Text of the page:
World Athletics has published a study on internet abuse during Tokyo 2020 ©Getty Images

Online abuse during the Tokyo 2020 Olympic Games overwhelmingly targeted female athletes, research published by World Athletics has found.

The online study revealed that women were the recipients of 87 per cent of the abuse, with 67 per cent directed at just two female athletes who were both black.

World Athletics said it had witnessed "disturbing levels" of abuse, including sexist, racist, homophobic and transphobic posts, as well as unfounded accusations of doping.

The study monitored 161 Twitter accounts of Tokyo 2020 athletes between July 15 and August 9, covering the entire Olympics.

More than 240,000 posts were analysed, including more than 23,500 images, Graphics Interchange Formats and videos.

Twenty-three athletes received abuse, with 132 discriminatory posts detected from 119 accounts and only 17 of these aimed at men.

Sixteen of the athletes targeted were women, with sexism the most common category at 29 per cent.

Women were overwhelmingly subjected to the online abuse monitored by the study ©World Athletics
Women were overwhelmingly subjected to the online abuse monitored by the study ©World Athletics

Racist posts made up 26 per cent of the abuse, with 89 per cent of these aimed at United States athletes despite Americans only representing 23 per cent of the entire group.

Police have been informed if any posts were judged to be of a criminal nature, while World Athletics has contacted national governing bodies to see if any senders are involved with the sport.

One "serious case" of erotic fixation towards a female athlete was flagged, as well as four instances of egregious racism.

Sixty-five per cent of the total posts were deemed to be "gravely abusive" and warranting intervention from Twitter, with work underway to take action against the senders.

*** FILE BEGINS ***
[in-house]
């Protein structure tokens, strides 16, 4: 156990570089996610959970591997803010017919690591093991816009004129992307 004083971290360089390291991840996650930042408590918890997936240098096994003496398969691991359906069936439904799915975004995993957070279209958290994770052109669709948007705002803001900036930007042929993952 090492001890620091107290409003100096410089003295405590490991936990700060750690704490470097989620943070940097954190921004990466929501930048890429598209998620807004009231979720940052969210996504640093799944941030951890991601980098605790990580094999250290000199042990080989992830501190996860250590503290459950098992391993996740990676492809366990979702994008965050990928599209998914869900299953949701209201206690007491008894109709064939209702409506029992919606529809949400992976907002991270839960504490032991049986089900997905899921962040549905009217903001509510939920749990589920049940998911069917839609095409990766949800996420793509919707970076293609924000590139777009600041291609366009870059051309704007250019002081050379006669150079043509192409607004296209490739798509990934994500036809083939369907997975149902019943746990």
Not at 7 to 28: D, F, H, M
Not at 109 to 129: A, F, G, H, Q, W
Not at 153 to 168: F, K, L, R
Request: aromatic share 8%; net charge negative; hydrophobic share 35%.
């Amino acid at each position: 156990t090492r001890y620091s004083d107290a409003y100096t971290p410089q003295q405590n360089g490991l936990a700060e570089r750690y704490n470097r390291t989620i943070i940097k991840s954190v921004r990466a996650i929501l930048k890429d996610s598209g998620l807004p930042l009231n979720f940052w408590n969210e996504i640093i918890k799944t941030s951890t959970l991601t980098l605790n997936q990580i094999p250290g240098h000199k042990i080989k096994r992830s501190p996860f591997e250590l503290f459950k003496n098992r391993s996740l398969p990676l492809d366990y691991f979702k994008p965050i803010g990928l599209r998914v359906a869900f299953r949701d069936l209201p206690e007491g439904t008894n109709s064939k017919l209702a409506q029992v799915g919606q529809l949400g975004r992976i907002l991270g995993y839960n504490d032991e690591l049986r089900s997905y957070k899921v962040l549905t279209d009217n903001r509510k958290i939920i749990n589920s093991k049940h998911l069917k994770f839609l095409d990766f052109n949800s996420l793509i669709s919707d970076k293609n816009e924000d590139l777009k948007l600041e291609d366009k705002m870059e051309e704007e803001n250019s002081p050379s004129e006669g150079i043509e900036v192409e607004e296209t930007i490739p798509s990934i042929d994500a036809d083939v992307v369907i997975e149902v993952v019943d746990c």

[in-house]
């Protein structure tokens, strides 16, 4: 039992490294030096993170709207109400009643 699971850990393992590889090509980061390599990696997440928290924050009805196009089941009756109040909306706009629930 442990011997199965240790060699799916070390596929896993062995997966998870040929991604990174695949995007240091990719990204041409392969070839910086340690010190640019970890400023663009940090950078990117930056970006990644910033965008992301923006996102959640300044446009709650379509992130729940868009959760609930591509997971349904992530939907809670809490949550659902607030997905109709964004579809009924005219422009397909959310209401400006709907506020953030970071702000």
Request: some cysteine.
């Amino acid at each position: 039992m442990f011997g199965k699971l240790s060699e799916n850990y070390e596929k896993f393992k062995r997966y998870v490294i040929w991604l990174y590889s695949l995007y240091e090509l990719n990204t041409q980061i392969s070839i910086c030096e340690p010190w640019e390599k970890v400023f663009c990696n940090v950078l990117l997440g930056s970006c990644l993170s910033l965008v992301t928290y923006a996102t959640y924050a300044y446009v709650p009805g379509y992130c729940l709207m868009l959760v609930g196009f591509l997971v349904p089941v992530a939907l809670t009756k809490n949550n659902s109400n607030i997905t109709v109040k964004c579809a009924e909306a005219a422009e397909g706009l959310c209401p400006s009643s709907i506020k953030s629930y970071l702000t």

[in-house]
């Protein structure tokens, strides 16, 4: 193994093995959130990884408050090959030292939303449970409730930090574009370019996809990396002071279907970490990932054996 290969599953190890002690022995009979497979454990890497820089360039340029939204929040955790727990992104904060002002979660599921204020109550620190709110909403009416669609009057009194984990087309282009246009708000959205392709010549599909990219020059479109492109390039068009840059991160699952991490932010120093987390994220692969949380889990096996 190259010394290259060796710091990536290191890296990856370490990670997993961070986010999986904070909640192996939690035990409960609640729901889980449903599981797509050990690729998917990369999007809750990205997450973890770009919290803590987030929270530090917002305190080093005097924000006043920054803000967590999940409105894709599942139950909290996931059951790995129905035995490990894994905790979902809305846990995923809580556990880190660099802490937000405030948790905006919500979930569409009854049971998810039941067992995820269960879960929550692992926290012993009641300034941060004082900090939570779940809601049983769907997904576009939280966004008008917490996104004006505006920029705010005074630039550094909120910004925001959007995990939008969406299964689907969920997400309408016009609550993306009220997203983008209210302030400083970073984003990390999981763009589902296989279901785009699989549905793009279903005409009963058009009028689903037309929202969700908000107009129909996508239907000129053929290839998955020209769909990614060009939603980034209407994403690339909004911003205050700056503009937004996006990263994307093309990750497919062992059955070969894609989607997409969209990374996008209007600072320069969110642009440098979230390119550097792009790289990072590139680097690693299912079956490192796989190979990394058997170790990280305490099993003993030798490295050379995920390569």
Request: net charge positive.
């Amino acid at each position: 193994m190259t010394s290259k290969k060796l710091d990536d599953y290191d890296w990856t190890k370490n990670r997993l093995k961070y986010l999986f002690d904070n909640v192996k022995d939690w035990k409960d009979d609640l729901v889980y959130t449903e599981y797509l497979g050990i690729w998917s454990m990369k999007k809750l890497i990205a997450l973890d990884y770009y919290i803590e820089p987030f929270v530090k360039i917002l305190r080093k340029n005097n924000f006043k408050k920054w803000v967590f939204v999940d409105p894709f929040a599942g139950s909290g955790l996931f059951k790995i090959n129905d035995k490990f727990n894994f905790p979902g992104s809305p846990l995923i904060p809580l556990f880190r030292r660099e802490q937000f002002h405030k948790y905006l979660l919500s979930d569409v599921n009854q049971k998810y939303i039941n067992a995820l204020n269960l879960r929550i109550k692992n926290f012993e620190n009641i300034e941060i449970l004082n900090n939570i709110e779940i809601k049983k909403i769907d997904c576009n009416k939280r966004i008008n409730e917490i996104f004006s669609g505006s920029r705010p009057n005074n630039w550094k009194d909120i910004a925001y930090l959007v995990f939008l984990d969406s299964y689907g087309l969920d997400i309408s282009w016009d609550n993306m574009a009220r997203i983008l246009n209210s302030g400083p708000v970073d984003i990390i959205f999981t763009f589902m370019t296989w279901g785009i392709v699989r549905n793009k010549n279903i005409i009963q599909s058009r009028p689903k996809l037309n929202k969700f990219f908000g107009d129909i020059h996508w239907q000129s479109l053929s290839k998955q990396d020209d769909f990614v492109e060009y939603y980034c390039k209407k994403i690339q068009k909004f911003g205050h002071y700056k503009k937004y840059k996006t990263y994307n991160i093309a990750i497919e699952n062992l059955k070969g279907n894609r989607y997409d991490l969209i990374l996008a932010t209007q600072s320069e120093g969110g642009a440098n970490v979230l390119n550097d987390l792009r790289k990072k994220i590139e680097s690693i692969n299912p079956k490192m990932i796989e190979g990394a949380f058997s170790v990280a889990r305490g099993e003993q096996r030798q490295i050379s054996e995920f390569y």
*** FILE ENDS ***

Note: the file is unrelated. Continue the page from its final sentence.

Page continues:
World Athletics, which launched its safeguarding policy this month, said its findings raise concerns that measures to stop online abuse are not strong enough on social media platforms.

Its study was carried out with Threat Matrix, an initiative set up by data science company Signify Group and sports investigations company Quest Global.

The aim was to understand the "size, scale and gravity" of online abuse which targets athletes.

"When we published our safeguarding policy earlier this month, I said athletics clubs, schools and community sports environments should be safe and happy places for those in our sport," World Athletics President Sebastian Coe said.

"In a world where we share so much of our lives online, this must apply to the virtual, as well as the physical world. 

"This research is disturbing in so many ways but what strikes me the most is that the abuse is targeted at individuals who are celebrating and sharing their performances and talent as a way to inspire and motivate people. 

"To face the kinds of abuse they have is unfathomable and we all need to do more to stop this. 

"Shining a light on the issue is just the first step."

Further research will now be carried out by World Athletics, which has pledged to ensure its own social media channels are free from abuse.

"Working on this important study with World Athletics and our partners Quest Global has allowed us to illustrate the tactics and nuances used by bad actors in this space - while also providing clarity on the scale of the problem," said Jonathan Hirshler, the chief executive of Signify Group.

Sexism and racism were among the types of abuse detected ©World Athletics
Sexism and racism were among the types of abuse detected ©World Athletics

"Threat Matrix is focused on proactive monitoring and informed assessment of targeted discriminatory abuse, and the identification of accounts sending these messages.

"Our goal is to shift the process from being victim-led to a proactive and preventative approach, making the athlete online experience safe, less threatening and less toxic. 

"We are grateful to World Athletics for taking a lead on this important issue."

Max Siegel, the chief executive of of USA Track & Field (USATF), added: "The entire USATF community is grateful to World Athletics for conducting this vital survey which has confirmed unfortunately what we have all known for a long time: US athletes are disproportionately targeted for abuse and hate on social media.

"Increasing evidence indicates that this is driven by a huge rise in prejudice against race, gender and social status. 

"Simply put, this type of behaviour is disgusting and utterly unacceptable. 

"USATF remains committed to working alongside World Athletics, our athlete and constituent community, social media proprietors, the US Center for SafeSport and law enforcement to eliminate abuse and make our sport safe and welcoming for all."